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You are here:Home>>Strategic Research & Analysis>>Buhari's Nigeria cannot fight corruption alone
Thursday, 23 July 2015 19:55

Buhari's Nigeria cannot fight corruption alone

Written by Dotun Oloko
Buhari and Obama at White House Buhari and Obama at White House

Nigeria’s new president, Muhammadu Buhari, is visiting the United States this week, with international corruption just as high on the agenda as it was for his historic election campaign.  

This was the first time an incumbent president has been defeated by popular vote in Nigeria. Nigerians were won over by a vision of a fairer society, and a desire to put a long history of predatory officials and corrupt companies conspiring to loot public funds behind us. 

There are many examples of that history which tell us that we cannot win this fight without help from the U.S. and elsewhere. In one deal in 2011, two New York Stock Exchange-listed oil companies - Shell and Italy’s Eni - negotiated a deal with the Jonathan administration for the rights to one of Nigeria’s biggest oil blocks, called “OPL 245”. The $1.1 billion dollars should have been used by the Nigerian government to provide essential services, but it never reached state coffers. Instead, it was diverted into the private pockets of a corrupt former oil minister and his associates.

This was a devastating loss for Nigeria; $1.1 billion is half of Nigeria’s health budget.  It could have gone into better schools to help curb rampant illiteracy, better healthcare, or better national transportation systems and roads.   

It is also bad for Shell and Eni’s shareholders and investors: the deal is currently under criminal investigation in Nigeria, Italy and the United Kingdom; the CEO and former CEO of Eni are under formal investigation; and, $190 million in proceeds have been frozen.  Although Shell and Eni deny wrongdoing, the deal could be cancelled, which would jeopardize both companies’ long-term strategic goals. It doesn’t need to be like this. Nigeria will need support from the international community to investigate systemic corruption, trace its stolen assets and prevent other dirty deals being carried out.  One measure already agreed but not yet implemented would have exposed the payments for OPL 245 before they went astray. Section 1504 of the Dodd-Frank Act, which Congress passed five years ago with bi-partisan support, requires companies listed on U.S. stock exchanges to publish their payments to governments for oil, gas and mining assets.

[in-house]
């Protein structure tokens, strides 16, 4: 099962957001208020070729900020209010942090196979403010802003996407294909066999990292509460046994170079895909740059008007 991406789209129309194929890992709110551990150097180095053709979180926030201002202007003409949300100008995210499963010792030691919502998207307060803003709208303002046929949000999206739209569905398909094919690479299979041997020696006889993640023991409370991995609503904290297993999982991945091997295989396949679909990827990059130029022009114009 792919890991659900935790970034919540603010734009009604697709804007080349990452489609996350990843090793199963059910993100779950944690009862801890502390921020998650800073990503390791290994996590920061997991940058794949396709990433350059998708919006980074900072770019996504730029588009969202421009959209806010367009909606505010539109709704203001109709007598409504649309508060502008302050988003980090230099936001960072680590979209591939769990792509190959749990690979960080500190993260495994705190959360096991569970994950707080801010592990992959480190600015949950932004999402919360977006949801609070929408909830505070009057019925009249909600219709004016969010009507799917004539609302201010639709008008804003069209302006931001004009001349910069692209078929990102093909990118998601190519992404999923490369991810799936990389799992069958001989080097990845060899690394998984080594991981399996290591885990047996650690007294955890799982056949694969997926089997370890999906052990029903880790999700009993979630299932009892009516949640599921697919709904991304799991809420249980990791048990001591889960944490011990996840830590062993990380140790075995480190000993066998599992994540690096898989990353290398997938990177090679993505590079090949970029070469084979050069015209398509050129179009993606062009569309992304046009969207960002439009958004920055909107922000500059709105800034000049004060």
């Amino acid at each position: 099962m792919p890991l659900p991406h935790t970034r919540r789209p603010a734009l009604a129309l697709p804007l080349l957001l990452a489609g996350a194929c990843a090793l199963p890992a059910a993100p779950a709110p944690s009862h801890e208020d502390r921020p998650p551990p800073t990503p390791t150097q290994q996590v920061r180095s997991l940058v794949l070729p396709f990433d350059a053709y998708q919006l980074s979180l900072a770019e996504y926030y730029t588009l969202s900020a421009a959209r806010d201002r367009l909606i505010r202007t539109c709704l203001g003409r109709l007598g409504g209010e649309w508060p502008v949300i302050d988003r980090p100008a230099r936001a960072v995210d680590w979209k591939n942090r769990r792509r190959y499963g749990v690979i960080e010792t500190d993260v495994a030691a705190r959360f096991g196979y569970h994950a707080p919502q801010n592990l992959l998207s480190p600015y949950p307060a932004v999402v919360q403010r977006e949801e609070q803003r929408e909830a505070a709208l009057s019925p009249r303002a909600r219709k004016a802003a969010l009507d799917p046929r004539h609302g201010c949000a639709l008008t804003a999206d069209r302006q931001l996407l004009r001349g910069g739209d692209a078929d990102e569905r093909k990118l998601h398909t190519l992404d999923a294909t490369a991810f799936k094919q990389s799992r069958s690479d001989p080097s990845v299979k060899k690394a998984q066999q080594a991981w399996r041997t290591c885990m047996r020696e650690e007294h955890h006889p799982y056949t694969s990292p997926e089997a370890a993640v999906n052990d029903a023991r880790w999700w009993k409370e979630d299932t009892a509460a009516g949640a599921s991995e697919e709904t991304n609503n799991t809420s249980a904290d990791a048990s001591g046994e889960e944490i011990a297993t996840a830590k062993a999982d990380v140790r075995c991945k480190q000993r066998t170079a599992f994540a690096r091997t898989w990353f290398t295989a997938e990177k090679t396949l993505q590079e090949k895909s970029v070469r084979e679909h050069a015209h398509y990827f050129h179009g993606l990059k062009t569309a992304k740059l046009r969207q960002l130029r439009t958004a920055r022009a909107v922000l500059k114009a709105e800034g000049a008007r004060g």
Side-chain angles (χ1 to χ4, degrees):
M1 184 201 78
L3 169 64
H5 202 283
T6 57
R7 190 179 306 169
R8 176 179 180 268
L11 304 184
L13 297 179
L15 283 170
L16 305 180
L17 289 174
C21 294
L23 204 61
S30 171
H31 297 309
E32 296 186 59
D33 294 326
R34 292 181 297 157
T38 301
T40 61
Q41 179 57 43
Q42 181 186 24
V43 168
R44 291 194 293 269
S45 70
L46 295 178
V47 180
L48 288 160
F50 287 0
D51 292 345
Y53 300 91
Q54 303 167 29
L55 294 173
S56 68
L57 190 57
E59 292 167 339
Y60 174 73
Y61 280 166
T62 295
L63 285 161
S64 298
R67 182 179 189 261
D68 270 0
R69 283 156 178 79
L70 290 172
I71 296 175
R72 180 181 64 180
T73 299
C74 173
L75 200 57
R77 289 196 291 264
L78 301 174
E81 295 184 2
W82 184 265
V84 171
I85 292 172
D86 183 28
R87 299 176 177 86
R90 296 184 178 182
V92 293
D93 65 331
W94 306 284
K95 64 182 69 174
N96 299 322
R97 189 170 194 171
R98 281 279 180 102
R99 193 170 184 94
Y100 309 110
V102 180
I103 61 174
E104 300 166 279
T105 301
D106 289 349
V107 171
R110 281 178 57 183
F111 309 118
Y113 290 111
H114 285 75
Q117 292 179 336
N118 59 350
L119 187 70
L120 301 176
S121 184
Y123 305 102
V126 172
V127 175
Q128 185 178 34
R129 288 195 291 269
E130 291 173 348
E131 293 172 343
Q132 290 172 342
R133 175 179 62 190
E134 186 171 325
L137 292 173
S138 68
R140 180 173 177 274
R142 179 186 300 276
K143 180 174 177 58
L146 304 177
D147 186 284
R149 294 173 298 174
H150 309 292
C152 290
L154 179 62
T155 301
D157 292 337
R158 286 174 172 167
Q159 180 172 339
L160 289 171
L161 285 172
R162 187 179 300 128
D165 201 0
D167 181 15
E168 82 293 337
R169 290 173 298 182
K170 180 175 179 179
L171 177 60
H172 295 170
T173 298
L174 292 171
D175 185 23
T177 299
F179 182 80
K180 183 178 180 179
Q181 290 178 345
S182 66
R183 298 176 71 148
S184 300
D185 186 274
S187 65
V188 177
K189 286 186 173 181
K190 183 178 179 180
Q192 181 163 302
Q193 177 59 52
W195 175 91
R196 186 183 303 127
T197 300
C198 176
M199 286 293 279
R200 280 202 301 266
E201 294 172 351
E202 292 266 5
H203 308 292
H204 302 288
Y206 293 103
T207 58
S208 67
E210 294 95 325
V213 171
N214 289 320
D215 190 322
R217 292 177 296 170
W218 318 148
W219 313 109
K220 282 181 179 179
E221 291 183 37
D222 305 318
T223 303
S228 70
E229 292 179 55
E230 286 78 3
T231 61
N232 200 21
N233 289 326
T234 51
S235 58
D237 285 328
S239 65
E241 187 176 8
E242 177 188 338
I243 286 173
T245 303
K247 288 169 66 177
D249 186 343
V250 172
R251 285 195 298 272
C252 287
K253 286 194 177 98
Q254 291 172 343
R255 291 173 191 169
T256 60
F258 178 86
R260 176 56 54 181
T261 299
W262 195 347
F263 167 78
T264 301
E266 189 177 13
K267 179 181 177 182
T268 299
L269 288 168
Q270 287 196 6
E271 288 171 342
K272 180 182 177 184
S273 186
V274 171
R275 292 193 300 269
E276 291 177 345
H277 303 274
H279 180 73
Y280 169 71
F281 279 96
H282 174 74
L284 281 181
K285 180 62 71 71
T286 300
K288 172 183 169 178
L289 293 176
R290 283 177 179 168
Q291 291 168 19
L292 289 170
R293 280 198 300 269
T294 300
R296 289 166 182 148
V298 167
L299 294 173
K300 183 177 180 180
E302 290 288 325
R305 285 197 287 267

This simple transparency measure is backed by major investors, hundreds of civil society organizations and major oil companies, who recognize it as good for business and for society. But it is also facing fierce resistance from a dwindling group of Big Oil companies and their lobbying arm, the American Petroleum Institute, who pay lip service to transparency in public yet are doing all they can to gut these proposals behind the scenes. It still has not been implemented by the Securities and Exchange Commission (SEC).  Interestingly, had the SEC promulgated its first rule for the implementation of Section 1504 within 270 days, as it was mandated to do by Congress, it is debatable whether Shell and Eni would have continued with a deal in which they knew their payment would end up in private hands. 

Corruption in Nigeria is not something that President Buhari or the Nigerian people can fight alone. The kind of state looting we are trying to put behind us is not possible without the collusion of companies and facilitators in the United States. That is why systemic solutions like the transparency measures in section 1504 of the Dodd-Frank Act are so important. Publishing a strong rule and ensuring international law enforcement cooperation are the least that the U.S. can do to help Nigeria in its fight for a fairer society. This will help Nigeria on the path to ensuring oil wealth is the basis for sustainable development, rather than a source of conflict and a magnet for corruption.

Dotun OlokoDotun Oloko is a Nigerian whistleblower turned anti-corruption advocate.

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